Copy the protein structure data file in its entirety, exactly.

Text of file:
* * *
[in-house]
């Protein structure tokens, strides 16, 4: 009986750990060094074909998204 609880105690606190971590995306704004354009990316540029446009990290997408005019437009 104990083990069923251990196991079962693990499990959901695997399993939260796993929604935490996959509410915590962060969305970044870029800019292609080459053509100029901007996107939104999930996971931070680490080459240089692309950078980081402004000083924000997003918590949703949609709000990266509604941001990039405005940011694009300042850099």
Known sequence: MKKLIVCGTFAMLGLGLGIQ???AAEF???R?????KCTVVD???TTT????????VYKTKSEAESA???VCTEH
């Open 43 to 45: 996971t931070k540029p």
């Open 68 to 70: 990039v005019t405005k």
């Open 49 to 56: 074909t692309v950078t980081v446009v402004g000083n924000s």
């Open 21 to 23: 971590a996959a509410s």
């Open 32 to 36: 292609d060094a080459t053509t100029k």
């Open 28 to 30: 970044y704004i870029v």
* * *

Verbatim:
[in-house]
């Protein structure tokens, strides 16, 4: 009986750990060094074909998204 609880105690606190971590995306704004354009990316540029446009990290997408005019437009 104990083990069923251990196991079962693990499990959901695997399993939260796993929604935490996959509410915590962060969305970044870029800019292609080459053509100029901007996107939104999930996971931070680490080459240089692309950078980081402004000083924000997003918590949703949609709000990266509604941001990039405005940011694009300042850099």
Known sequence: MKKLIVCGTFAMLGLGLGIQ???AAEF???R?????KCTVVD???TTT????????VYKTKSEAESA???VCTEH
């Open 43 to 45: 996971t931070k540029p």
């Open 68 to 70: 990039v005019t405005k």
């Open 49 to 56: 074909t692309v950078t980081v446009v402004g000083n924000s």
């Open 21 to 23: 971590a996959a509410s």
């Open 32 to 36: 292609d060094a080459t053509t100029k």
């Open 28 to 30: 970044y704004i870029v």